October 11, 2014

lots can happen over a cup of coffee

(Recieved from Tanveer)

Oh Nescafe! This is brilliant and humanizing.

Alright, it's time for a confession. Not many people know that I've struggled with stammering throughout my life. They are surprised when I tell them and I get comments like-"oh! But I never noticed..you speak perfectly fine". Well, of course you didn't notice because I've devised insane methods to avoid stammering in public. Sometimes, I switch words, replacing a difficult word with a seemingly easy one. Sometimes, I yawn at a problem word. Don't ask me how many times I have played hookie from school to avoid presentations and oral exams. It might seem an insignificant problem, but the fear that I'll stammer has consumed my life and affected all my decisions. You are so obsessed with fluency that you've no energy and will power to focus on other aspects of your life. People think I am an asshole with a massive ego who refuses to mingle with the junta, only if they realize that introducing myself is pretty much a torturous experience, which I wish to avoid, even if it has huge social costs.

The shame and inadequacy is compounded by the messages sent out by our society and media, especially the massively influential cultural medium, we all know as Bollywood. Take any character with a stammer from any movie, and I'm sure the sole purpose of that guy would be to provide cheap humor. Except a few sensible movies, which I can count on one hand, every single one of them portrays a PWS(person with stammering) as a fool and a god gifted clown sent for our amusement. We don't realize how intellectually strapped Bollywood writers are till we gain the capacity to critically analyze the content they dish out.Think about a young kid, 6-7 years old, who is fascinated by the movies. He believes Movies teach good values like honest, loyalty, courage and love. He believes people can be sorted into different categories- there are courageous and kind heroes, loving mothers, cruel step-mothers, perfect heroines with untarnished characters, and nasty and spoilsport villains. All of them, if you'll notice, have significant presence and a major impact on the storyline. Then there are jokers and fools, the sole purpose of their existence is to be laughed at. What could be the impact on the kid, if he has just started noticing that there is something wrong with his speech. He might try to emulate his cherished heroes, but the only person he could identify with is the bumbling stammerer who is insignificant to the story and is only there for shits and giggles. What's the message being planted in his subconscious? That he won't matter as a person because he stammers? That all his character traits are insignificant if he can't speak fluently? I knew that kid. I was that kid and it did wonders to my self-image.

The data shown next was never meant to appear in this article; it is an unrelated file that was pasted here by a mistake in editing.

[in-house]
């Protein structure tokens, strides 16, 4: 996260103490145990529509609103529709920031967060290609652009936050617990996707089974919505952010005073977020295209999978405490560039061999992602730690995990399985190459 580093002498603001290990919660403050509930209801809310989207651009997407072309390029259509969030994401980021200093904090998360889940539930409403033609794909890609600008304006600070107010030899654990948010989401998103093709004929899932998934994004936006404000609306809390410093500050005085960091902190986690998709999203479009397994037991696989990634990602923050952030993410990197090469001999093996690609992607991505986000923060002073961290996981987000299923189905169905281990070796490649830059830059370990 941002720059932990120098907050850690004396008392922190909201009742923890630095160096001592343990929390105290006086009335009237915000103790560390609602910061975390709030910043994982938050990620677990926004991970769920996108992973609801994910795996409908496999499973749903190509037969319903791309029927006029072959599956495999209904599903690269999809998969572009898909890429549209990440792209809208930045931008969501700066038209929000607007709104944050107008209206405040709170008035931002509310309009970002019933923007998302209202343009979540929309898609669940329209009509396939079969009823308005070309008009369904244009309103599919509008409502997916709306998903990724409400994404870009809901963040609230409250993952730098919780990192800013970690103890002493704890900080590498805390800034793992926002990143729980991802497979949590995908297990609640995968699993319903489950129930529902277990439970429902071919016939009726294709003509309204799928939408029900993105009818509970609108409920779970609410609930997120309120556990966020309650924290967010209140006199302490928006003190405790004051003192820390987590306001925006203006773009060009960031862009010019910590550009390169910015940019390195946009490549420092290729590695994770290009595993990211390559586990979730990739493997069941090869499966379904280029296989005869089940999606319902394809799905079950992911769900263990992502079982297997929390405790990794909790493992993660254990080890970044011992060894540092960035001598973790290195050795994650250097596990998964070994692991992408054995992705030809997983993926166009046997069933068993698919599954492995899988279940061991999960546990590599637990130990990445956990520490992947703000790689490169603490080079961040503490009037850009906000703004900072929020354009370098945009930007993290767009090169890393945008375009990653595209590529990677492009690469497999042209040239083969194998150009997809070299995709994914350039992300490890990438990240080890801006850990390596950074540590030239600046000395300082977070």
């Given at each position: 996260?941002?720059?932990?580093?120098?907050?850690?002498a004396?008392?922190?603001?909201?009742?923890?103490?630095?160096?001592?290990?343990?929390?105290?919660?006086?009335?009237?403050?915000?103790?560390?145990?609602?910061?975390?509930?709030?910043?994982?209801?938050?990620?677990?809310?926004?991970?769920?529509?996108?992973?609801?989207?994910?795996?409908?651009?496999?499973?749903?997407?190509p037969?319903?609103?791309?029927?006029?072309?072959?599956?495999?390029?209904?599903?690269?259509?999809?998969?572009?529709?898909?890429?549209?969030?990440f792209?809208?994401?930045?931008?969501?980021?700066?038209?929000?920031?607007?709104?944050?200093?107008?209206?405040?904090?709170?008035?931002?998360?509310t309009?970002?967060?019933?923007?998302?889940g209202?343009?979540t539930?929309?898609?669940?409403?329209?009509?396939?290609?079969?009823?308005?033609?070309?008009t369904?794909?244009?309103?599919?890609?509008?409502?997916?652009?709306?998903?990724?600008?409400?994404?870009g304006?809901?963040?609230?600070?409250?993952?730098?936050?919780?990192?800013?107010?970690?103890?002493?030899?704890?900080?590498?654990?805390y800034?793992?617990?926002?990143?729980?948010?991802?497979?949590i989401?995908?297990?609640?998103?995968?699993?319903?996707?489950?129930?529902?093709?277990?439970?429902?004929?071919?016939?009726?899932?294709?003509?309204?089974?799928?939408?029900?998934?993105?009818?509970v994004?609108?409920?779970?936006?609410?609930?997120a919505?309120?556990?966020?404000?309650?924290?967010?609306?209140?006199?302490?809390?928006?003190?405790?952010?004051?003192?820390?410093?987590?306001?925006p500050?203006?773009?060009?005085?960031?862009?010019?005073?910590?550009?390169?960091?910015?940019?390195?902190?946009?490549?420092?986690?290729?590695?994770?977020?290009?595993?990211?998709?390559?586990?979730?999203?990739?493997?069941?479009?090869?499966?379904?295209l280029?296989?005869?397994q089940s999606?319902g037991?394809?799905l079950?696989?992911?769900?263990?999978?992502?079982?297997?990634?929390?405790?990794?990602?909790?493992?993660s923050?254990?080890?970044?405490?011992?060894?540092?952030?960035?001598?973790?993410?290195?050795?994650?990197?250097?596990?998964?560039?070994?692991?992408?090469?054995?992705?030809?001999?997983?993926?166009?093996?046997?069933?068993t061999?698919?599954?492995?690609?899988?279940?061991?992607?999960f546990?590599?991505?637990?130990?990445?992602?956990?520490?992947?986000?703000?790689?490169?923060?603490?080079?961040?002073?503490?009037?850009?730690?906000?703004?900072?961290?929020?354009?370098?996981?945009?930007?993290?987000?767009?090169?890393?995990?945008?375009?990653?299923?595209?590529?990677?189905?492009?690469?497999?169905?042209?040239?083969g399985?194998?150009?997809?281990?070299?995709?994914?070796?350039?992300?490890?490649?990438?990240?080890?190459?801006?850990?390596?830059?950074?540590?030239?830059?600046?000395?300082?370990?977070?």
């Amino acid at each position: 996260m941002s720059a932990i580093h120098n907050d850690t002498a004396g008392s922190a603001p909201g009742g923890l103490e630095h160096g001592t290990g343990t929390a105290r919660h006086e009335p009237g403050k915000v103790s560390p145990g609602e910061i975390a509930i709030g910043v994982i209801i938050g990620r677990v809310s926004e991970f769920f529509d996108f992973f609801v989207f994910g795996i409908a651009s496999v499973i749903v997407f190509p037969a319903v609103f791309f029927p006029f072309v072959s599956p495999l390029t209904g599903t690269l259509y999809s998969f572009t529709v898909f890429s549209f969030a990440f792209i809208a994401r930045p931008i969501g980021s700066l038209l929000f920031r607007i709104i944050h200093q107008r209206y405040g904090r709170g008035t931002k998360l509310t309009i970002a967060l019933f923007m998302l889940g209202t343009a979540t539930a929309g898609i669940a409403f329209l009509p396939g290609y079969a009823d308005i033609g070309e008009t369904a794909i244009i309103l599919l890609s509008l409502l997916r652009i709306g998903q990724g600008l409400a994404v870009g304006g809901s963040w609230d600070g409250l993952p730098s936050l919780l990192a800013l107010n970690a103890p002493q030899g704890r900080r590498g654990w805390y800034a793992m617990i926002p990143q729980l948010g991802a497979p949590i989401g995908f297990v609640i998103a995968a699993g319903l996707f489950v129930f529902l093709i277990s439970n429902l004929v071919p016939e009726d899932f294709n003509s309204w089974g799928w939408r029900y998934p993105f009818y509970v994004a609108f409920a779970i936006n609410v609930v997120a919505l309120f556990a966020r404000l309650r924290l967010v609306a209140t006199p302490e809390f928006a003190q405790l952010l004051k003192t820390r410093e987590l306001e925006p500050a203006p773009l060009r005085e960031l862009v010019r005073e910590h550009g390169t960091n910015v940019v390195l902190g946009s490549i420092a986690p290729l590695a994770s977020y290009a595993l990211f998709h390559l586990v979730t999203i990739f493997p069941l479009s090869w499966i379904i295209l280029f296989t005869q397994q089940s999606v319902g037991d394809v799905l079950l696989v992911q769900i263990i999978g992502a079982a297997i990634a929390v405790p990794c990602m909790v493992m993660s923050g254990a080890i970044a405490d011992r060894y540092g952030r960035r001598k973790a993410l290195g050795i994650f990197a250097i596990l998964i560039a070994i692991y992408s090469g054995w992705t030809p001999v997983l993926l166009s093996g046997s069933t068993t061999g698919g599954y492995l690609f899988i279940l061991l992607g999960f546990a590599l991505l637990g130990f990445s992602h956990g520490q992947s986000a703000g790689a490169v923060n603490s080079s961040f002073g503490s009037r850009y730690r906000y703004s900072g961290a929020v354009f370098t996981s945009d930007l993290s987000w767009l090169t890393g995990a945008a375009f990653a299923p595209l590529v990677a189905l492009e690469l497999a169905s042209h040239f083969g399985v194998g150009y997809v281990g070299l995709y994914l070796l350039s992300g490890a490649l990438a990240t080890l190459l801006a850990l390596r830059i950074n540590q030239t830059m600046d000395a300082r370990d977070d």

This is why this video matters, which is at least a sensitive and human effort to portray something which has always been ridiculed by the popular media. My stammering, fortunately, is not as pronounced as the guy featured in the video but my fear of stammering is even bigger. When you've been trying to portray the image of a cool, perfect guy for so long, the effort wears you out emotionally. The shame quietly builds up inside you, turning you slowly into an emotional wreck. Then when you see someone embrace and accept their vulnerabilities like this, it strikes a chord somewhere in your heart. It did moist my eyes.

Thanks Rohit Kaithal for sharing this.

2 comments:

sachin said...

Thanks Tanveer.
Let us not wait for Bollywood to change and catch up. It will be enough, if we start seeing ourselves and our diversity ina new light, as we did for those three days in Khandala..
Thanks for sharing your thoughts and feelings ith us...Keep sharing..

Tanveer Khan said...

True Sachin Sir.